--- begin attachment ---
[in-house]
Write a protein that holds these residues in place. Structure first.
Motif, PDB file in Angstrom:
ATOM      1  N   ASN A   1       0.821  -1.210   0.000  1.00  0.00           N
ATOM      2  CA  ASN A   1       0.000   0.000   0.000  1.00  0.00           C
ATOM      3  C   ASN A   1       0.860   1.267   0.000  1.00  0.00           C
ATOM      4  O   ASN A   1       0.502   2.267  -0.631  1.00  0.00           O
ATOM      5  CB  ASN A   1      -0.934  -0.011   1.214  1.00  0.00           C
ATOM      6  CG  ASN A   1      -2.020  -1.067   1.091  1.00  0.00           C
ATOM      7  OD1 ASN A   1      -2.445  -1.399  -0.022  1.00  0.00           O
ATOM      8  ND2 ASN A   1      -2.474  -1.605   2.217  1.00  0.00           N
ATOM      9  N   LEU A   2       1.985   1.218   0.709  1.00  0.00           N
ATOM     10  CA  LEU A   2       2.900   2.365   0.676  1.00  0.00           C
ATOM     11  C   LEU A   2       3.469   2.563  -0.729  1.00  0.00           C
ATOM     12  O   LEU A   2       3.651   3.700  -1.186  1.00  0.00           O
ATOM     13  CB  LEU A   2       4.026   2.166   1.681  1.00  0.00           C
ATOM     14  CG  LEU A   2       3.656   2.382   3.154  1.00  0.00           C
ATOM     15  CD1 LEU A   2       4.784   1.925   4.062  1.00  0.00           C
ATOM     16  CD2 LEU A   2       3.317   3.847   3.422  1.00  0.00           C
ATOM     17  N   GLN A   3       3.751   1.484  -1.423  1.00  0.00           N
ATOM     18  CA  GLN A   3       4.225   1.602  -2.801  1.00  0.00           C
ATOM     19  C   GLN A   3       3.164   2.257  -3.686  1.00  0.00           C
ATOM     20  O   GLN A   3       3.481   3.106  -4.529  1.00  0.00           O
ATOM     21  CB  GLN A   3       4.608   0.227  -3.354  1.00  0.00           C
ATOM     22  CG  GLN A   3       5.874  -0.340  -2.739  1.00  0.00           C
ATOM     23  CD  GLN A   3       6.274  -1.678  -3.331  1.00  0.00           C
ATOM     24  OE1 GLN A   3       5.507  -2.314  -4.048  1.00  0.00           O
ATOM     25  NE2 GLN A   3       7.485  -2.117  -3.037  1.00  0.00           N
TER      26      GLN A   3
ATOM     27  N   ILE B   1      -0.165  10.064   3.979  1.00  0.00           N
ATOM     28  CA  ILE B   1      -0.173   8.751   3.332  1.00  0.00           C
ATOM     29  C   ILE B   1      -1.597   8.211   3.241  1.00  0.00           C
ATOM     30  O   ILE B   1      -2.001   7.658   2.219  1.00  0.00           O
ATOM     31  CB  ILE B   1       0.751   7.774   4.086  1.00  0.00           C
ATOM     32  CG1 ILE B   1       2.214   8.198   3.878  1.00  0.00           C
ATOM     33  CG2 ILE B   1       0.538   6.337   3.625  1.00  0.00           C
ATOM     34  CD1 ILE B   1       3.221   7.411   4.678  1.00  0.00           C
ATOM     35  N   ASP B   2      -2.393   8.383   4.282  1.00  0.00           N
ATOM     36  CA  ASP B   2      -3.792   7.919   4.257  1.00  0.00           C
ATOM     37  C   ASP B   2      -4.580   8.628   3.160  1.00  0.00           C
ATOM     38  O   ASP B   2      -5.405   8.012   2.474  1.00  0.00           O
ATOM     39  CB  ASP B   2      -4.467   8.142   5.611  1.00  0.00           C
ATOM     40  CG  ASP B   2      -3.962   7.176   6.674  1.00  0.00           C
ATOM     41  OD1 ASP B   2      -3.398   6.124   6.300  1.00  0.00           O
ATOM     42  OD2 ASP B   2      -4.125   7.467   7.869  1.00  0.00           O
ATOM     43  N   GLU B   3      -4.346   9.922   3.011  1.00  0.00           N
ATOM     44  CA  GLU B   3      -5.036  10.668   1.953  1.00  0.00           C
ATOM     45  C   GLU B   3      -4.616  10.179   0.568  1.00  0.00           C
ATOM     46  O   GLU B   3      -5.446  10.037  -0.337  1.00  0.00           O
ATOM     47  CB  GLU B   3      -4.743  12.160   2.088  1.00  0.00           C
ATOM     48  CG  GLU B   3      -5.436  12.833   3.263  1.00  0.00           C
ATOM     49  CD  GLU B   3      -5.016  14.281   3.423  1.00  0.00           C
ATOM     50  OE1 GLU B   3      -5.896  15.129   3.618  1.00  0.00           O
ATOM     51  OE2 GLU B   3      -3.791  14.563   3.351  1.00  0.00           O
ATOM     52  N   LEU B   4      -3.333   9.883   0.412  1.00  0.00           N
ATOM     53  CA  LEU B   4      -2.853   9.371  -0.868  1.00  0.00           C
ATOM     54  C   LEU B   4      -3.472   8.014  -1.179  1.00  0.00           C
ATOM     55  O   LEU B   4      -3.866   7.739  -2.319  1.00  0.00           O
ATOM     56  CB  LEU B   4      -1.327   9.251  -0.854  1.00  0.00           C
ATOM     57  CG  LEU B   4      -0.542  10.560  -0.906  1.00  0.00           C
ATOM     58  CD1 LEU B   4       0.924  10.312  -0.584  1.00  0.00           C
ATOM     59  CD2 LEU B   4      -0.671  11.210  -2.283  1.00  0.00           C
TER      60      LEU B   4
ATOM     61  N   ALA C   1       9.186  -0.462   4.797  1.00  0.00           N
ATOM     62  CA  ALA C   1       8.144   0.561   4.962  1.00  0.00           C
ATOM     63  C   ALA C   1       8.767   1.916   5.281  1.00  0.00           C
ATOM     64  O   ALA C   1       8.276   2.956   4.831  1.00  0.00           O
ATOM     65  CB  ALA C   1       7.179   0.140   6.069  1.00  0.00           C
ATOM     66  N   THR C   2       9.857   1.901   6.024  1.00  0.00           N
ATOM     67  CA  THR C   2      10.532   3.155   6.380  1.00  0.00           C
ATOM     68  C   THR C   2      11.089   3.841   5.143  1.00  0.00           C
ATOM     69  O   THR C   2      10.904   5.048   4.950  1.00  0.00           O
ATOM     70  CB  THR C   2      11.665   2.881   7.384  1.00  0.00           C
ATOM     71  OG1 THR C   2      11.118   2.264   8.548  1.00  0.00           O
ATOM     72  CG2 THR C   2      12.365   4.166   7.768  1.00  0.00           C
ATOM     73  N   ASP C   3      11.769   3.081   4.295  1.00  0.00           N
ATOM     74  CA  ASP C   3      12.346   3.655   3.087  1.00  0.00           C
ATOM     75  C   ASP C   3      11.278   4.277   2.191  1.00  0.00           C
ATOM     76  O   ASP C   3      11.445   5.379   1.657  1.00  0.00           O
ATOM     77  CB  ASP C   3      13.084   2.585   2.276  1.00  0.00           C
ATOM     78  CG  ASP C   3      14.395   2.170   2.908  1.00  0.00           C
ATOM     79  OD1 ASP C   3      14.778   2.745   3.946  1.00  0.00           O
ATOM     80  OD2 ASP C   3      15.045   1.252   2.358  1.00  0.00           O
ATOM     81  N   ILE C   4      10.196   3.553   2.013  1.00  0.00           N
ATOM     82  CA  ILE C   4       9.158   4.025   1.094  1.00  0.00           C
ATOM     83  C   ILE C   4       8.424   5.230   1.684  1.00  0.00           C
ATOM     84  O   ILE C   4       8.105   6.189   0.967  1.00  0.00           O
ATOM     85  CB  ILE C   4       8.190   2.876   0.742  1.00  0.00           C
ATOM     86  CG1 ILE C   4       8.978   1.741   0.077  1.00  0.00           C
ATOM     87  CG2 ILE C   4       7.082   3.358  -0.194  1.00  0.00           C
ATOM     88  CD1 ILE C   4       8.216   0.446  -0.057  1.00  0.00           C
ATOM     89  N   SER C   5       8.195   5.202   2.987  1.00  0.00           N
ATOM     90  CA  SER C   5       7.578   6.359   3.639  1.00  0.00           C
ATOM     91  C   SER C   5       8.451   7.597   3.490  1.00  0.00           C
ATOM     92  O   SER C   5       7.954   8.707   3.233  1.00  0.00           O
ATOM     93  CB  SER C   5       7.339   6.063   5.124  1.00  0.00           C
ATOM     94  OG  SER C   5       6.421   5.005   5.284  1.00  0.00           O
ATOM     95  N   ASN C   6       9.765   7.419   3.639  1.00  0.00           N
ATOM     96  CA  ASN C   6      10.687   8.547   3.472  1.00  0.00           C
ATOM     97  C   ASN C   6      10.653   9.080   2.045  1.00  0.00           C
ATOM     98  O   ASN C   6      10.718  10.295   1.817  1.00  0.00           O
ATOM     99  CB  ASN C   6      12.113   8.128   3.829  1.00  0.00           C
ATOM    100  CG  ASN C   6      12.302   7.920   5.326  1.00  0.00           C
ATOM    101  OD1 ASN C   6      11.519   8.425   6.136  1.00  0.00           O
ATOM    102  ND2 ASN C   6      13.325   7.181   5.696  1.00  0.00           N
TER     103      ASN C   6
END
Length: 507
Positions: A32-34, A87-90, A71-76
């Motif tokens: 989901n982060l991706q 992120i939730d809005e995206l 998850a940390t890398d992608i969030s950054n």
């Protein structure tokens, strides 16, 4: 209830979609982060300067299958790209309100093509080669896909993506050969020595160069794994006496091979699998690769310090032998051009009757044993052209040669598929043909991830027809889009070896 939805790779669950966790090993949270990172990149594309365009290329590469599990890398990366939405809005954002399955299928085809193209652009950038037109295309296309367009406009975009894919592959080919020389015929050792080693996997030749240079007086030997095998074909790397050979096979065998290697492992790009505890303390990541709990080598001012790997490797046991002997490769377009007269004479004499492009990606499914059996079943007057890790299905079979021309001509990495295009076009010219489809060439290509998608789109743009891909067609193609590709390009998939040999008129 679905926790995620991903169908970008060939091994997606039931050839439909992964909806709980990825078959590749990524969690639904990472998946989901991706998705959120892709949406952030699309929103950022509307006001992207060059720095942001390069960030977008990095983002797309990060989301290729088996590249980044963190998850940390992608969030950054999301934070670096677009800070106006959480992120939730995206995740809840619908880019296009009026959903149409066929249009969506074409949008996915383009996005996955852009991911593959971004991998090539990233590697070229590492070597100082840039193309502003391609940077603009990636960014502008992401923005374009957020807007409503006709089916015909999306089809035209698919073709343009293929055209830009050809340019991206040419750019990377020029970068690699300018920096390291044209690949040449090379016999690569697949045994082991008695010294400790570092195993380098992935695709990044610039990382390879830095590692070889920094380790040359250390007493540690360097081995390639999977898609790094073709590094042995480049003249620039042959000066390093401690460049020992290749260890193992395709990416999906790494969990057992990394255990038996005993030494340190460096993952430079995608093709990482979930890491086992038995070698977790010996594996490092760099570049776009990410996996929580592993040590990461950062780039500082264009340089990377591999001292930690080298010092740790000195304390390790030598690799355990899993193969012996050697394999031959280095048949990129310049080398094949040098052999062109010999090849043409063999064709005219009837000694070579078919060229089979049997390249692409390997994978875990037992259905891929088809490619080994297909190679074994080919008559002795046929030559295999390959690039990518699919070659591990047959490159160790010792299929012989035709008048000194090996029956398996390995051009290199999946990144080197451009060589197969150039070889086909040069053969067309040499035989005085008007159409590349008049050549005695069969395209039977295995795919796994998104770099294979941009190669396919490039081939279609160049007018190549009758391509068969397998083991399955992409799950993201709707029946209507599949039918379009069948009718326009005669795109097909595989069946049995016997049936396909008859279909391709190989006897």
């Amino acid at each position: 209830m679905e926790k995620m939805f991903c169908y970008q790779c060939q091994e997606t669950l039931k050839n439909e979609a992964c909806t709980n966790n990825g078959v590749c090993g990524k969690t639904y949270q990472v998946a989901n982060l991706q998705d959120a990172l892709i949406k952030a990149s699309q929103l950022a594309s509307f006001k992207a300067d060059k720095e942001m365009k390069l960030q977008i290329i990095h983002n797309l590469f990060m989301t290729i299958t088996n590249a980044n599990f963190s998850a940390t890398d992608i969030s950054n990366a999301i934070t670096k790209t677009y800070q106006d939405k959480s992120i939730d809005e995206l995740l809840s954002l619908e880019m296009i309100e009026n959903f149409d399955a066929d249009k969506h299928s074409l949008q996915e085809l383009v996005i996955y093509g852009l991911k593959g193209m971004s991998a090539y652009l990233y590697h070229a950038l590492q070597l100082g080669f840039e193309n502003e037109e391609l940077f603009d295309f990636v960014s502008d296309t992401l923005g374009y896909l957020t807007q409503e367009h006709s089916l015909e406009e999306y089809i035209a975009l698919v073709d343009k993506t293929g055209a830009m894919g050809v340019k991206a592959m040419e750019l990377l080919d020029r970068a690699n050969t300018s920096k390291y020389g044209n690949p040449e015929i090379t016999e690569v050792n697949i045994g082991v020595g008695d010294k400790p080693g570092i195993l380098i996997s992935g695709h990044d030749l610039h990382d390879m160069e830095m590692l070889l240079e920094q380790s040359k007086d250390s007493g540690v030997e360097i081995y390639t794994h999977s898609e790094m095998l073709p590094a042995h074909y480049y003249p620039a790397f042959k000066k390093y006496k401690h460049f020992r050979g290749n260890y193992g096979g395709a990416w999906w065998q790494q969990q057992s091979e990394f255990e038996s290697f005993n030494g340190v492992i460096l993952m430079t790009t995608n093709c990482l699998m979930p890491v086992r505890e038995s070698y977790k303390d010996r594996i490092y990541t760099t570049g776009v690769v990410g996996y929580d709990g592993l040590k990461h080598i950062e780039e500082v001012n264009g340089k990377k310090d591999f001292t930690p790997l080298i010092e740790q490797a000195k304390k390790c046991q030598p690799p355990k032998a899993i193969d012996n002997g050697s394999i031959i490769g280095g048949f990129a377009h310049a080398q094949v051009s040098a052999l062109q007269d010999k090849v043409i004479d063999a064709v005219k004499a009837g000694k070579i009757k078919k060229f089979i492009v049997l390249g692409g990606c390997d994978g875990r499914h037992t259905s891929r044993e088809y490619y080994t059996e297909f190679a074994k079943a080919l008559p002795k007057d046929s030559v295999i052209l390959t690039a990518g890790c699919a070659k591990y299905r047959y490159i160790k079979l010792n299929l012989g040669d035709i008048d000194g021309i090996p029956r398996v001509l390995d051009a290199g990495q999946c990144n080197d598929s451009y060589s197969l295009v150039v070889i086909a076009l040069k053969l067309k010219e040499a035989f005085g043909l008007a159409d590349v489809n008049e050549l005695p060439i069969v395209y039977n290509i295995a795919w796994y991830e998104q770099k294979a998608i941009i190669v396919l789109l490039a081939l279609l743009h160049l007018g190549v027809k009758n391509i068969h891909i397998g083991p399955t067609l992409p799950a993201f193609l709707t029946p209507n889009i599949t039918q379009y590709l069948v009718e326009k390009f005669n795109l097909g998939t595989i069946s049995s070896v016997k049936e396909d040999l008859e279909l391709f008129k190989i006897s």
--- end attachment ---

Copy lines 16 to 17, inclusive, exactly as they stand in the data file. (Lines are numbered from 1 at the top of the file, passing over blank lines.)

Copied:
ATOM     13  CB  LEU A   2       4.026   2.166   1.681  1.00  0.00           C
ATOM     14  CG  LEU A   2       3.656   2.382   3.154  1.00  0.00           C